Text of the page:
The leveraged closed-end funds that issued auction-rate securities are facing a rising risk of being forced to de-lever, according to a report from Moody’s Investors Service. The report concludes, however, that the heightened de-leveraging risk alone should not pressure the corporate ratings of many of the affected asset managers.
For the vast majority of firms, closed-end funds represent a small percentage of their overall business. However, Moody’s warns that the ARS overhang threatens to have secondary implications for entire fund families if managers cannot ultimately resolve the issues.
“Refinancing outstanding auction-rate securities in the context of a very challenging financial market remains unlikely in the near term,” said Moody’s senior credit officer Matthew Noll, “De-leveraging risks are further exacerbated by the severe downturn in asset valuations, which are impacting the funds’ coverage ratio tests.”
Since the collapse of the ARS market in February 2008, less than one-third of the approximately $64 billion of ARS issued by closed-end funds has been refinanced. Roughly 50 asset management firms managed leveraged closed-end funds that utilized the auction-rate markets as of the beginning of 2008. Of this group, the closed-end funds of Nuveen, Eaton Vance, and BlackRock accounted for over 45% of total ARS issuance, according to Moody’s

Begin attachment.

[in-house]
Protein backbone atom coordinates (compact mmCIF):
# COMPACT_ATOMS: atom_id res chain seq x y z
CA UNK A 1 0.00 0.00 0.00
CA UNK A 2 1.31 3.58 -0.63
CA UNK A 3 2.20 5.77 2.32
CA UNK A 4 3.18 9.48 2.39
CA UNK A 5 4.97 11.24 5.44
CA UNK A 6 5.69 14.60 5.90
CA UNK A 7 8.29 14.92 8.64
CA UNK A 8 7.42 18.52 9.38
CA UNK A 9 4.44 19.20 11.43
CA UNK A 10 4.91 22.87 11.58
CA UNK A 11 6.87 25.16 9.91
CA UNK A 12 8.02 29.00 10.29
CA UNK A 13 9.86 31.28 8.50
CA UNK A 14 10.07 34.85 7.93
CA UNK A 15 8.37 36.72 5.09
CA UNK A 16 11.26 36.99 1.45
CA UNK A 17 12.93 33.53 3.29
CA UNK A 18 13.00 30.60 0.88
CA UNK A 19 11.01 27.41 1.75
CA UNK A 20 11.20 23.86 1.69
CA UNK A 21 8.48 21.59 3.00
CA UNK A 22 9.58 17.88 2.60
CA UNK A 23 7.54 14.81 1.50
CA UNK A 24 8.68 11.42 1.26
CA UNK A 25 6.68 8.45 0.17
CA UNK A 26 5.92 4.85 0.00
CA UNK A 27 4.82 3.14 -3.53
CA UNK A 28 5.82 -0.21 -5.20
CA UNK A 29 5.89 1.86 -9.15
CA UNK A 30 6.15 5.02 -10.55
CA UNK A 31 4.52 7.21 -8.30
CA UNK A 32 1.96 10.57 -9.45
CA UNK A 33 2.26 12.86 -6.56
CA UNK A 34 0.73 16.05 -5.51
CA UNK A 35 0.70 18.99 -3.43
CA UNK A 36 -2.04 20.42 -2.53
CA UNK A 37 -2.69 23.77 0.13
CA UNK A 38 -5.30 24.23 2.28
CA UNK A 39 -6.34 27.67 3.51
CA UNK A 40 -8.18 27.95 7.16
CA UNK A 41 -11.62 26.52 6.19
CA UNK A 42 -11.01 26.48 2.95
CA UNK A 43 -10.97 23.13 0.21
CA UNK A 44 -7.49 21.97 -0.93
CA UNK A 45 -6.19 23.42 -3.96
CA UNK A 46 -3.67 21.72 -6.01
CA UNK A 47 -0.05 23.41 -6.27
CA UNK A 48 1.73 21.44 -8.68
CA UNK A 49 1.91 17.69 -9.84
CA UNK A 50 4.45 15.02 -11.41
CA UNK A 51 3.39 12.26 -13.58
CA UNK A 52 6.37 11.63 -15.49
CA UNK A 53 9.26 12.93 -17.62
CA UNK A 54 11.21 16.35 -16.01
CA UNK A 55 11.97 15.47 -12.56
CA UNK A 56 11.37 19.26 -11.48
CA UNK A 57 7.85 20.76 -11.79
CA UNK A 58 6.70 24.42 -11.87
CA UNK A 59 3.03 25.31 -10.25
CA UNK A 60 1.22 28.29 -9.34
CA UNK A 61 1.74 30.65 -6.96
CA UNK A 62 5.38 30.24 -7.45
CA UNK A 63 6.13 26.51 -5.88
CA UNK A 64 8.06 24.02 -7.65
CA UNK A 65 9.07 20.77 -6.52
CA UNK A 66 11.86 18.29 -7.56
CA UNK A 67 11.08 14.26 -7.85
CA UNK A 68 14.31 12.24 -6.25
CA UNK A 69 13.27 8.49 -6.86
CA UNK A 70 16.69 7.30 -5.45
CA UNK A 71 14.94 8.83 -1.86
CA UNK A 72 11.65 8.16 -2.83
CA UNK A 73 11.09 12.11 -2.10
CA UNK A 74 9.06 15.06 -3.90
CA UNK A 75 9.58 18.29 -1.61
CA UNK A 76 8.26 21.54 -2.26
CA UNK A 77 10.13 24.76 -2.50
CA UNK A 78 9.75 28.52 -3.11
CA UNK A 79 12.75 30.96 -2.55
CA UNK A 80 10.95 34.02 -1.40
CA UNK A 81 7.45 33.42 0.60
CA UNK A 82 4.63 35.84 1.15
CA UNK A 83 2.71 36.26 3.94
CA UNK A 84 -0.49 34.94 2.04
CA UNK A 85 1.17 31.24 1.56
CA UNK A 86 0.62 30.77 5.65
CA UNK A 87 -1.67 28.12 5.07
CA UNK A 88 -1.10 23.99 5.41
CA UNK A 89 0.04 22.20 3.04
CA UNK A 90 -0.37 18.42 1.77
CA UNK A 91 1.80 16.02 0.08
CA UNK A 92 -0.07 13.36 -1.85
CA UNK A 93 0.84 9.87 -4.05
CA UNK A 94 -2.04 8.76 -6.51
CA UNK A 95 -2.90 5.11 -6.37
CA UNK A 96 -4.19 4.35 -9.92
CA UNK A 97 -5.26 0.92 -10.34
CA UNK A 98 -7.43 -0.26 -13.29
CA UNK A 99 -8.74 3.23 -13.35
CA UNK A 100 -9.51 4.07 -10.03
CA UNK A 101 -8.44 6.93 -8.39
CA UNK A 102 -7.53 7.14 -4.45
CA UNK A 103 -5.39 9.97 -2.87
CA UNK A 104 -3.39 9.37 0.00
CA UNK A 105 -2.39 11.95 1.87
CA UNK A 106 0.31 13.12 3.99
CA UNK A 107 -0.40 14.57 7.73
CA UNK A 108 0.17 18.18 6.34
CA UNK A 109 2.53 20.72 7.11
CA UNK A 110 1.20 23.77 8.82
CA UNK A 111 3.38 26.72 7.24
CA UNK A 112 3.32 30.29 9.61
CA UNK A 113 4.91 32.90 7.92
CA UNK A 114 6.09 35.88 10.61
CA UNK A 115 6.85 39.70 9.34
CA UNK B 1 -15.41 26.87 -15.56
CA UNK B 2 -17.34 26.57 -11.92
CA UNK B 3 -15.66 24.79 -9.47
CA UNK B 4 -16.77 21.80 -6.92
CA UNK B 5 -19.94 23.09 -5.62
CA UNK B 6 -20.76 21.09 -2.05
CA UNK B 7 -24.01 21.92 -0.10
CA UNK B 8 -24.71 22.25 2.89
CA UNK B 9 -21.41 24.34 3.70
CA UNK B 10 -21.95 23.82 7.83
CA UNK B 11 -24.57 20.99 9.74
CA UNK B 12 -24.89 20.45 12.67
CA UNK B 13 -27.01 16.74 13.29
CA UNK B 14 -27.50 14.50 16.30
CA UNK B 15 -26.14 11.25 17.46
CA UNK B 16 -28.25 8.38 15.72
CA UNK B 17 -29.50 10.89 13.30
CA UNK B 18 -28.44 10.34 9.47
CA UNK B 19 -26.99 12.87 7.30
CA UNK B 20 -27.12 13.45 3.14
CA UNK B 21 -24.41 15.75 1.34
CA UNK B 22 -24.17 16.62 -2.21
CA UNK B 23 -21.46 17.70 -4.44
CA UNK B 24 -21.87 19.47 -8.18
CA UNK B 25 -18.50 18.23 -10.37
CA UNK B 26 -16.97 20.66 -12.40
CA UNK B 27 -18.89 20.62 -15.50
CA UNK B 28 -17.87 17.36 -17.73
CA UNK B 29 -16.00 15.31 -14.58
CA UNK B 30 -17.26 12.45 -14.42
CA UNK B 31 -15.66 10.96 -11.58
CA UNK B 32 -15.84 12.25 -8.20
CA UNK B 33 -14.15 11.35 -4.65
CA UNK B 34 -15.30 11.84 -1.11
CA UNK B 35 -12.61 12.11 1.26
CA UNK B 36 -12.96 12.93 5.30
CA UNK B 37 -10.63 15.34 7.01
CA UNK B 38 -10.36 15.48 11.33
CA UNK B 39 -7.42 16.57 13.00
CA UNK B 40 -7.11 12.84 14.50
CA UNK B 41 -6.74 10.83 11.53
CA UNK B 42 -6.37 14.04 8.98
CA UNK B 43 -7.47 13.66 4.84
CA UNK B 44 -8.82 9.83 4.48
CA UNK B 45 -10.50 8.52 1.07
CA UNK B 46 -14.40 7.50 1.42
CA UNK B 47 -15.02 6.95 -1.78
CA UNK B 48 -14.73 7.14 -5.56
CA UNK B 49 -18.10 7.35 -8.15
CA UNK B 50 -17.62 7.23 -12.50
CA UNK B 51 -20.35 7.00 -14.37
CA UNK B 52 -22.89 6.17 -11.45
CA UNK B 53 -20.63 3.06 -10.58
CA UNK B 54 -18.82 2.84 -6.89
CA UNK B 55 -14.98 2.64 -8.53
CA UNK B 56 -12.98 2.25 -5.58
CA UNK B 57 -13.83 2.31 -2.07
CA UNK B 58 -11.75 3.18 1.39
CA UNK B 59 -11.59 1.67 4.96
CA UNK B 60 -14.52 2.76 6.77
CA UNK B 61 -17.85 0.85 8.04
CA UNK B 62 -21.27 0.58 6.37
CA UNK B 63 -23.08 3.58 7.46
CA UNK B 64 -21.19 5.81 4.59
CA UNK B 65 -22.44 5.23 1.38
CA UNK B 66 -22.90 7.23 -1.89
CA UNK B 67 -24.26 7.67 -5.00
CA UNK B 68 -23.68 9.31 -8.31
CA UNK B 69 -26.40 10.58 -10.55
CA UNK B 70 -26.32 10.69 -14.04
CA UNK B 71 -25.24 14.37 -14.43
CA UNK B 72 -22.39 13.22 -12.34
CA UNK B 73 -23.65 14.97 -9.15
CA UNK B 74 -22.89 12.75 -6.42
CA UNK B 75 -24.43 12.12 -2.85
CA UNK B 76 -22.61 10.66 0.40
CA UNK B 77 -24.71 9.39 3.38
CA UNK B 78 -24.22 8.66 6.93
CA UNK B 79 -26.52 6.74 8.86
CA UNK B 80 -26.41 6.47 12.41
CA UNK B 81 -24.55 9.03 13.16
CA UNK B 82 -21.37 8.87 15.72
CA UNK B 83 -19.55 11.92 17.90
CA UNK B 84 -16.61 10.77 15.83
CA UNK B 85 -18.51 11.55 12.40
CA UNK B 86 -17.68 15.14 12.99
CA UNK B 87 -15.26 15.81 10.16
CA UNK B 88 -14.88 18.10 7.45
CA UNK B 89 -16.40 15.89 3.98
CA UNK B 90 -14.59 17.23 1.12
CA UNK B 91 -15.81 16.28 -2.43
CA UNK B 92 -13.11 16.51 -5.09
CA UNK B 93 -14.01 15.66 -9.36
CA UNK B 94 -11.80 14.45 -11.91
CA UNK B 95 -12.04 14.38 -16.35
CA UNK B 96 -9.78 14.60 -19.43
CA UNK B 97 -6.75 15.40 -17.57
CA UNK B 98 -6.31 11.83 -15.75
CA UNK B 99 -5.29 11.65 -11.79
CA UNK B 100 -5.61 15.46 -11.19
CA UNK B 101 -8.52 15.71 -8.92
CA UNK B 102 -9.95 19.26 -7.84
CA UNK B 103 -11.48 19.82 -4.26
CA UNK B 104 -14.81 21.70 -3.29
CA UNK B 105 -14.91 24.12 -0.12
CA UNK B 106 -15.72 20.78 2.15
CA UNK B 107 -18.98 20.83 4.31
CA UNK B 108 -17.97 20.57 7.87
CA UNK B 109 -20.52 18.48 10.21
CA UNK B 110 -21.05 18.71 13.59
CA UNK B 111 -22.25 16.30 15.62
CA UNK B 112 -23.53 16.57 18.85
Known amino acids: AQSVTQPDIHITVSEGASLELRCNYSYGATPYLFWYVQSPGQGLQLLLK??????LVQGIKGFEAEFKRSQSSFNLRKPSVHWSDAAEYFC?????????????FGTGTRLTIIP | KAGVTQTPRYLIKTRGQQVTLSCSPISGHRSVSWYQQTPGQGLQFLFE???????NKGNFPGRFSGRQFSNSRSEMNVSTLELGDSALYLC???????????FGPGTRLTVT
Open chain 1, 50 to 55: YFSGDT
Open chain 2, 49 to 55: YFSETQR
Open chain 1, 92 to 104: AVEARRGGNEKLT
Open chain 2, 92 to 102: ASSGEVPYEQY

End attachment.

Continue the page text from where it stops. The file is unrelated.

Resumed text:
To date, the only rating action on a corporate-level rating taken by Moody’s in conjunction with the ARS market disruption has been the change in Nuveen’s outlook to negative from stable at the end of February.
Since the ARS markets froze, closed-end fund managers have weighed several alternatives for redeeming ARS. Three proposed securities eligible for purchase by money market funds could ultimately serve to refinance outstanding ARS. Developments in the credit crisis and the equity market crash that ran through September and October have substantially slowed an already lengthy process, Moody’s said.